After a long day of having fun on the slopes, you're gloves are soaked, and you want to learn how to dry ski gloves correctly. You want to hit the slopes again shortly, but you want nice dry gloves, instead of damp soggy ones. By building a simple wooden stand to hold your gloves, they will air dry naturally, and in no time, they'll be dry. Letting them air dry is the best method to dry ski gloves, since other methods may destroy them. As an added bonus, you can use this jig as a football goalpost when you and your buddies are playing paper football.
To build a jig to dry ski gloves, you'll need:
- 2 by 6 pine stock, cut 18 inches long straight across
- wooden dowel stock, 1/2 inch diameter
- tape measure
- carpenter's square
- electric drill
- half inch spade or paddle bit
- hand saw or coping saw
- coarse sandpaper
- fine sandpaper
- masking tape
- Measure four inches in from each side of the 2 by 6 stock. It doesn't have to be precise, this is just a simple jig to dry ski gloves. However, you should try to get it as close as possible.
- Use your ruler or carpenter's square, and draw a line, straight across, at each of 4 inch measure. If you have done this correctly, you will have two parallel lines spaced ten inches apart.
- Find the middle of the 2 by 6. Since a 2 by 6 is usually about 5 and 1/2 inches wide, this will be about 3 and 3/4 inches in from the side.
- Use your ruler or carpenter's square, draw a line down the middle of the 2 by 6. Notice that this line crosses the two lines you drew in step two. Where the lines meet, you will drill your holes.
- Using your tape measure, pencil, and saw, mark then cut two dowels 16 inches long. Don't worry if its a little off, remember, this is just a jig to dry ski gloves.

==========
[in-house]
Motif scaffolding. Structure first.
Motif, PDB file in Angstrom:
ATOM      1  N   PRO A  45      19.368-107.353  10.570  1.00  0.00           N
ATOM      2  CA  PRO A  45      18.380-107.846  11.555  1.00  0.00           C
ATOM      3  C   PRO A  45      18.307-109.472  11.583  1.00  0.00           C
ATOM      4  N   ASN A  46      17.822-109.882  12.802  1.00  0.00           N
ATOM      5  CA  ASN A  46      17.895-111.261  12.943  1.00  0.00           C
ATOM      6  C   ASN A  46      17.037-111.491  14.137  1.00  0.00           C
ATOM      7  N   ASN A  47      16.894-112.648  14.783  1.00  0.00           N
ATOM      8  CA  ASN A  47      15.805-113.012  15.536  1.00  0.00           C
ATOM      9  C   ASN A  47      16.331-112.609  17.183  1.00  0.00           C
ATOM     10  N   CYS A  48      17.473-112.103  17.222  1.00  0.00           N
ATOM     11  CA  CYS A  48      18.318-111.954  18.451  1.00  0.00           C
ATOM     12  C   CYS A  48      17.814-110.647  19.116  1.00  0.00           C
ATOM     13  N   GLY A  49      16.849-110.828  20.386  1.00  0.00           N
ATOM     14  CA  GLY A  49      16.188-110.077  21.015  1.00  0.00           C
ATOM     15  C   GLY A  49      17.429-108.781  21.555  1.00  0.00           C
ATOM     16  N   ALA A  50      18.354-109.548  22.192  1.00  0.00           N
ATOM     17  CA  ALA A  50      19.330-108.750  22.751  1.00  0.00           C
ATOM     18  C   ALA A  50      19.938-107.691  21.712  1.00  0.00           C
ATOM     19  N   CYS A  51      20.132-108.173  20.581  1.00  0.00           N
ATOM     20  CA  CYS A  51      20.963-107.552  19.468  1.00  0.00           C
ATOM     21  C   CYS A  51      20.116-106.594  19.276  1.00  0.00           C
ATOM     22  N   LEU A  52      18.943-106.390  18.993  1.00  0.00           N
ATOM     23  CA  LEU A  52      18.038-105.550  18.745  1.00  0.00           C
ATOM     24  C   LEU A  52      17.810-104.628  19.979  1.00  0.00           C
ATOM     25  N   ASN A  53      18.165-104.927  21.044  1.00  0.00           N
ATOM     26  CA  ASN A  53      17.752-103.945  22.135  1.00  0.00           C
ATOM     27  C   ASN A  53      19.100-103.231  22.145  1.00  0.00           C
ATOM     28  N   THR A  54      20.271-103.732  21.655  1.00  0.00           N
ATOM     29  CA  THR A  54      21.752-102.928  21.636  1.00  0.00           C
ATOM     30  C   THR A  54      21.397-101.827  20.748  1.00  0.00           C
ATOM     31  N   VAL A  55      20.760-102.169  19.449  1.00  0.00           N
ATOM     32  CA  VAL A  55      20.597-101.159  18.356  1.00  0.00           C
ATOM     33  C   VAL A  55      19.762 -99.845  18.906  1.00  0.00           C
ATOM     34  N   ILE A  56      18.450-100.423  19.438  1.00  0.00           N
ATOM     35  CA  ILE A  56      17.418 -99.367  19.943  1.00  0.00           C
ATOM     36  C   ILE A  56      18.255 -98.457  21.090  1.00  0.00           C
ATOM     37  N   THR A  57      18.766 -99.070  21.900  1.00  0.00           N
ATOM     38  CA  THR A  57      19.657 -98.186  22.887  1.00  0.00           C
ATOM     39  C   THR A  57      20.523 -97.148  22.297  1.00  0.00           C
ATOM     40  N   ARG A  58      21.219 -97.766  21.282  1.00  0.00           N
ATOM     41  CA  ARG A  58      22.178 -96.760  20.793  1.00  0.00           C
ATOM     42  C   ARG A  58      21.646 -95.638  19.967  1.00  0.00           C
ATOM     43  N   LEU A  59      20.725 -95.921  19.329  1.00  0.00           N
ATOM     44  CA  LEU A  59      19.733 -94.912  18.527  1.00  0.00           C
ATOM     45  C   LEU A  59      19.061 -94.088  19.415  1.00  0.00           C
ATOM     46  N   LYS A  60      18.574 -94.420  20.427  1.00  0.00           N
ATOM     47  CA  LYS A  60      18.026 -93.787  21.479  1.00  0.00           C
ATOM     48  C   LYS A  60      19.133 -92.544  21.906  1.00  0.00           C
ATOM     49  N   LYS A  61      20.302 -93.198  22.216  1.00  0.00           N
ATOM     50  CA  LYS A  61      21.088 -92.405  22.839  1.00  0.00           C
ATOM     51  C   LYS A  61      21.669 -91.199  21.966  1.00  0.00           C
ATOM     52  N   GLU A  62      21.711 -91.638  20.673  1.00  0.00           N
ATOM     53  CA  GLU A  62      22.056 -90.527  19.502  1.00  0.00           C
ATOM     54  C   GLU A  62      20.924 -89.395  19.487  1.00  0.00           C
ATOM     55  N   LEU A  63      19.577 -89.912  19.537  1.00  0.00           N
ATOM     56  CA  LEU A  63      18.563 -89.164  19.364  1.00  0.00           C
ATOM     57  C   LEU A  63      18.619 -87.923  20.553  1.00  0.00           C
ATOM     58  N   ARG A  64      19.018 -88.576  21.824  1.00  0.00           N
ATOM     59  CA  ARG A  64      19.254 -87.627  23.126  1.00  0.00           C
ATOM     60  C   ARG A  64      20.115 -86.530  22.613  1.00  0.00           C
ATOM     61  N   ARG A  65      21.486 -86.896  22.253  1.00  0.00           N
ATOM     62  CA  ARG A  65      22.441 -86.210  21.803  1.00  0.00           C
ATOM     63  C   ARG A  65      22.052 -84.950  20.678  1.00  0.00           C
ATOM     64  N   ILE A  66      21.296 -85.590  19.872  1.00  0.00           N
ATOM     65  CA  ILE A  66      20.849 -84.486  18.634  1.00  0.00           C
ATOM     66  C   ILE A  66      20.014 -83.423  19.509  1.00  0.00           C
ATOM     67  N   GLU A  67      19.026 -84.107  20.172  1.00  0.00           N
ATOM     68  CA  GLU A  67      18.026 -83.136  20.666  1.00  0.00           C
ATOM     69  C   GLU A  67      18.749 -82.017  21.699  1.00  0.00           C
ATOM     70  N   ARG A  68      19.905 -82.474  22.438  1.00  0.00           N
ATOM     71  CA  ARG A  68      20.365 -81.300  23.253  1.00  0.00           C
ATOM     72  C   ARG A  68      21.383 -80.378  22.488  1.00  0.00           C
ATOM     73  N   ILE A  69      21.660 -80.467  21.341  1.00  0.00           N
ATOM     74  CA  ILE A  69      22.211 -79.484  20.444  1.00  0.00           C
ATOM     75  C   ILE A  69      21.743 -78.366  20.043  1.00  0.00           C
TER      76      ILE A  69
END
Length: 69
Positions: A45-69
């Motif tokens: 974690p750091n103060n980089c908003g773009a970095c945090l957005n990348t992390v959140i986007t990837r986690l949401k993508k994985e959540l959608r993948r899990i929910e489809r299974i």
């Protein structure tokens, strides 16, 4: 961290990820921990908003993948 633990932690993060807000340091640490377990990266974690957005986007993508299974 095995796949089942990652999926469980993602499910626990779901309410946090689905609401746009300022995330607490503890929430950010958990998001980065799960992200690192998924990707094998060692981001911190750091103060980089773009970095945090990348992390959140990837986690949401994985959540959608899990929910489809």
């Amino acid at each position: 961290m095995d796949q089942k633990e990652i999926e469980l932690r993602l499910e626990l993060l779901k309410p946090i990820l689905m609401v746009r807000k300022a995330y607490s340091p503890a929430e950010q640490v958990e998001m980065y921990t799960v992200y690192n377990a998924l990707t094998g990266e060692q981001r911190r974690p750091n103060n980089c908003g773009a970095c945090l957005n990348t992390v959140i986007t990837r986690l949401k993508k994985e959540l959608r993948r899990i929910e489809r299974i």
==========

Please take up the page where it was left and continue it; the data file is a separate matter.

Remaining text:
- Place a 1/2 inch paddle bit in the chuck of your drill motor. Tighten it down the bit with your chuck key.
- Drill two holes, straight down, in the 2 by 6 where the lines cross. Try to get the holes as straight up and down as possible. But again, don't worry if they're a little off. You're building a stand to dry ski gloves, not the space shuttle.
- Hammer in the two dowels into the holes. These should have a nice snug fit. If they are loose, don't worry, just wrap masking tape around the ends of the dowels, then hammer them in. The tape will take up the slack.
- Sand all edges smooth. Use first your coarse, then fine sandpaper. Now you're all done. You now have a goalpost looking stand to dry ski gloves. Slide your ski gloves over the goalposts, and let them air dry overnight.
Never dry ski gloves in a clothes dryer. To do so is an invitation to ruin them. The extreme heat of the dryer will shrink the cloth, wad up the insulation, and possibly ruin them for good. Slow air drying is the best way to dry ski gloves.
If you do not have the tools, time, or the knowledge base of woodworking to do this, take these instructions to a local carpenter or woodworking shop. For a small fee, they'll be able to whip this up in no time.